Photography was yet in its infancy when David Octavius Hill began taking Calotypes (sometimes referred to as Talbotypes) in Scotland in 1843. The Daguerreotype had been announced to the world only four years previous, and it remained unclear whether Daguerre's patent, which he had assigned to France, permitted unlicensed photography elsewhere. Licenses were issued to Claudet and Beard in Britain, but since Hill was in Scotland he believed his work did not infringe on these licenses. Having been present at the meeting at which the Free Church of Scotland was formed, Hill hit upon the idea of photographing every person present, then transferring their likenesses to a group portrait. Unfortunately, with so many heads to squeeze in to the scene, it wasn't always possible to insert them in a natural manner; if you look closely you can see heads growing in clusters like grapes, perched at unnatural angles, and out of proportion with their neighbors.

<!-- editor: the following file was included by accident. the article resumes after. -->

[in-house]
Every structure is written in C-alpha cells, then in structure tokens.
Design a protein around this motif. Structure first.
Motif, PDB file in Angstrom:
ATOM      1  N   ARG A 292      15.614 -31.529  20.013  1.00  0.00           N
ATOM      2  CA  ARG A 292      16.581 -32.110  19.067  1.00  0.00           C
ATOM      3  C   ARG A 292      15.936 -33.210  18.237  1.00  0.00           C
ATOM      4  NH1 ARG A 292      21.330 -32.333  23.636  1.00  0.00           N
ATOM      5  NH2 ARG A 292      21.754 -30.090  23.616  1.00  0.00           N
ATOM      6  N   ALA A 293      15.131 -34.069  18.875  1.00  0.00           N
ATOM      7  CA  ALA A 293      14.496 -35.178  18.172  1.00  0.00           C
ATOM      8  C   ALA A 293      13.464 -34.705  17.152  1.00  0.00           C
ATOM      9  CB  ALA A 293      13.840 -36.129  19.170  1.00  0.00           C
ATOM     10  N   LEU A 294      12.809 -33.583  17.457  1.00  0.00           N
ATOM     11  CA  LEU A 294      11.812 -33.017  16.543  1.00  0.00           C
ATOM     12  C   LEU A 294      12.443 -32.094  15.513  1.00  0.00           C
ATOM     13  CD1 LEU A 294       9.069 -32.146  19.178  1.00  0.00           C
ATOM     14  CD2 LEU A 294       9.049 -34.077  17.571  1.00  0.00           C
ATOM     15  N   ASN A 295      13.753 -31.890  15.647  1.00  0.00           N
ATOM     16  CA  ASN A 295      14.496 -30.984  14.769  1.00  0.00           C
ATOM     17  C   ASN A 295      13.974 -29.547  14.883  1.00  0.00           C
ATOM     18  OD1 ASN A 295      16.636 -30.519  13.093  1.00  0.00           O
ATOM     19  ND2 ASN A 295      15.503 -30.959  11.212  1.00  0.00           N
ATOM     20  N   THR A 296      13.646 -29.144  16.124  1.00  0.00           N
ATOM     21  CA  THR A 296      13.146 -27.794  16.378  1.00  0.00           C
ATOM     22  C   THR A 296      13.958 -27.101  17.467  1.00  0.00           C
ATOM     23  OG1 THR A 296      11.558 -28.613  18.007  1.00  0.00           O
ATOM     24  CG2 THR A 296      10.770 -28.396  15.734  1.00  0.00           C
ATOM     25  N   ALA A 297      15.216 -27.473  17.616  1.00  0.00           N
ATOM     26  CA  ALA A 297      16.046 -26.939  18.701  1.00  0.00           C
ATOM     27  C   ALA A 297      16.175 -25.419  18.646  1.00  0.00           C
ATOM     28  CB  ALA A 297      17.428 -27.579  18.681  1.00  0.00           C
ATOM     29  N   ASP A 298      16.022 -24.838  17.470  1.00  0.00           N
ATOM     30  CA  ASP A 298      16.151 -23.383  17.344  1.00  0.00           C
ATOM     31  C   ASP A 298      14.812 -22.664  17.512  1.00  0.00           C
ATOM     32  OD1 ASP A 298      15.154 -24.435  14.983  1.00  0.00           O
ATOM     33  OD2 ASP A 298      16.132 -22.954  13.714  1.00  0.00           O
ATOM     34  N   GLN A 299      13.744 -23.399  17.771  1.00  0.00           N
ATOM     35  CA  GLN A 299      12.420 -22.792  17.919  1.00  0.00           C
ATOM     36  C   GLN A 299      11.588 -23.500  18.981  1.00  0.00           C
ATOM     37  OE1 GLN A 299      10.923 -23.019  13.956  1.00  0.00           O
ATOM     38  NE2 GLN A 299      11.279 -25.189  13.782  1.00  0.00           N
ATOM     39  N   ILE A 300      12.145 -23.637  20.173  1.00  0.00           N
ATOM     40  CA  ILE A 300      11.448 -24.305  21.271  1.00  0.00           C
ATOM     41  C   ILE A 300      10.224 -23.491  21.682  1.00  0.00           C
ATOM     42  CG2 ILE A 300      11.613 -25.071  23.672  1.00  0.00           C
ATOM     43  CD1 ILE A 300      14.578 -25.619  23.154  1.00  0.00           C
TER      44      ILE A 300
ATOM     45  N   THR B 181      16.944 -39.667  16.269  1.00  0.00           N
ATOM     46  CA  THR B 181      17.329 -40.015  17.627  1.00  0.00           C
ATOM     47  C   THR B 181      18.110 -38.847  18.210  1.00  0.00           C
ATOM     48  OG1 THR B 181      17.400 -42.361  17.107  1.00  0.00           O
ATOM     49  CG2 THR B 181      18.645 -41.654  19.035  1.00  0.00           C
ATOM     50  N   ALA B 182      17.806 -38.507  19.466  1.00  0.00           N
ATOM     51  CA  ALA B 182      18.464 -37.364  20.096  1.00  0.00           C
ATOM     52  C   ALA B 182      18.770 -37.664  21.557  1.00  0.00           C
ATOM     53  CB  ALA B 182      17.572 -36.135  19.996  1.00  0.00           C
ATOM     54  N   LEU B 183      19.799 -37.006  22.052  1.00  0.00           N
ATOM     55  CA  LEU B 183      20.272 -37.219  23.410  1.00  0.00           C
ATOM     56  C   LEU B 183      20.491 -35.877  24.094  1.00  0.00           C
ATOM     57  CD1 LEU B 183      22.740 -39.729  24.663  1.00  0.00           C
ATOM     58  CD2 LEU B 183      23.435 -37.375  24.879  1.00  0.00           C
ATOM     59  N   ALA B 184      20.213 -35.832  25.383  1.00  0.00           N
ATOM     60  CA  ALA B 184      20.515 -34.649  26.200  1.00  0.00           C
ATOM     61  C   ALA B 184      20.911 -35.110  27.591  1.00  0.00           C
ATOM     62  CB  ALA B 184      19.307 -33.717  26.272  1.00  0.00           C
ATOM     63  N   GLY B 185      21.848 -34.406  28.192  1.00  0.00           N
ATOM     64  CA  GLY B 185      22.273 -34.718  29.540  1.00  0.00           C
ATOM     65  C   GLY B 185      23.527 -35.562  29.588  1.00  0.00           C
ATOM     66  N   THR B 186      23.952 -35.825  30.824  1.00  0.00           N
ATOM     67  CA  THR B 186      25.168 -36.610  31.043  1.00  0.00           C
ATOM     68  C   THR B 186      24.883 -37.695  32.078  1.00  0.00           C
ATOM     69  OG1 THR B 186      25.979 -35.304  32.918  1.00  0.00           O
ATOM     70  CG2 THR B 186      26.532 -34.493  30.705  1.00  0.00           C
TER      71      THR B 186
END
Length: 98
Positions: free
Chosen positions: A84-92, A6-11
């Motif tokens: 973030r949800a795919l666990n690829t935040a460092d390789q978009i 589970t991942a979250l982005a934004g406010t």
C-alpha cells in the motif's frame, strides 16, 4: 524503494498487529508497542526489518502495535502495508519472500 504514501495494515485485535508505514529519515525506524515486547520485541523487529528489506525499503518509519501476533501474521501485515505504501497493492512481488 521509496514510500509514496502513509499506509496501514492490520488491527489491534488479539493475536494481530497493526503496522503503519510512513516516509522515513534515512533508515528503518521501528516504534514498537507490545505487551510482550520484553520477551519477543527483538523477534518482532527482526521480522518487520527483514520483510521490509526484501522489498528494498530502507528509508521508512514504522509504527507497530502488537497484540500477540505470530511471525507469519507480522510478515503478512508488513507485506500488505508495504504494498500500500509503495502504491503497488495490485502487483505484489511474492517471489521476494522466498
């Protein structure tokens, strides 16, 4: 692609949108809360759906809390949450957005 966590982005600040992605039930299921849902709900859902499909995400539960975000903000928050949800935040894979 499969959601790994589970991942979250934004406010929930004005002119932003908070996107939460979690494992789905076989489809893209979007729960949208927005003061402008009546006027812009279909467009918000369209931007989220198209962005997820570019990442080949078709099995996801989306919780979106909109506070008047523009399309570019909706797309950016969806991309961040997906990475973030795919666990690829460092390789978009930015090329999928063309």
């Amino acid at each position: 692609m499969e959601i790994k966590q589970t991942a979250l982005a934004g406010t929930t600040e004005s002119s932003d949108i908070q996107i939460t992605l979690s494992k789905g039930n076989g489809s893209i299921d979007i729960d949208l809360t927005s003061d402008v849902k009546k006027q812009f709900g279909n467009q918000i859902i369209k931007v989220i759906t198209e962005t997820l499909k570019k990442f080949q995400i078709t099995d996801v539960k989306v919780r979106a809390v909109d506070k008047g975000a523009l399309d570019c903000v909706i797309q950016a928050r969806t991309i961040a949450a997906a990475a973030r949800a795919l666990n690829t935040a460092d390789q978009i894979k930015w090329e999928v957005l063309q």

Thursday, August 8, 2013

Lecture Tonight

In the days before electronic mass-media, ordinary people who wanted to learn about things outside of a school or college could do so one of two ways: read about it, or attend a public lecture. Back in 1926, my great-grandfather Elbert H. Clarke offered a series of lectures on the stars, illustrated with lantern slides made using the 100-inch Hooker telescope on Mt. Wilson, which had been completed just eight years previously and was at the time the largest in the world. For his lectures, he charged just 25 cents, the equivalent of about $3.50 today.
(with thanks to the Ohio Memory Project where this item from the Canton Sun is archived).

Wednesday, August 7, 2013

The "Ultima Thule" Portrait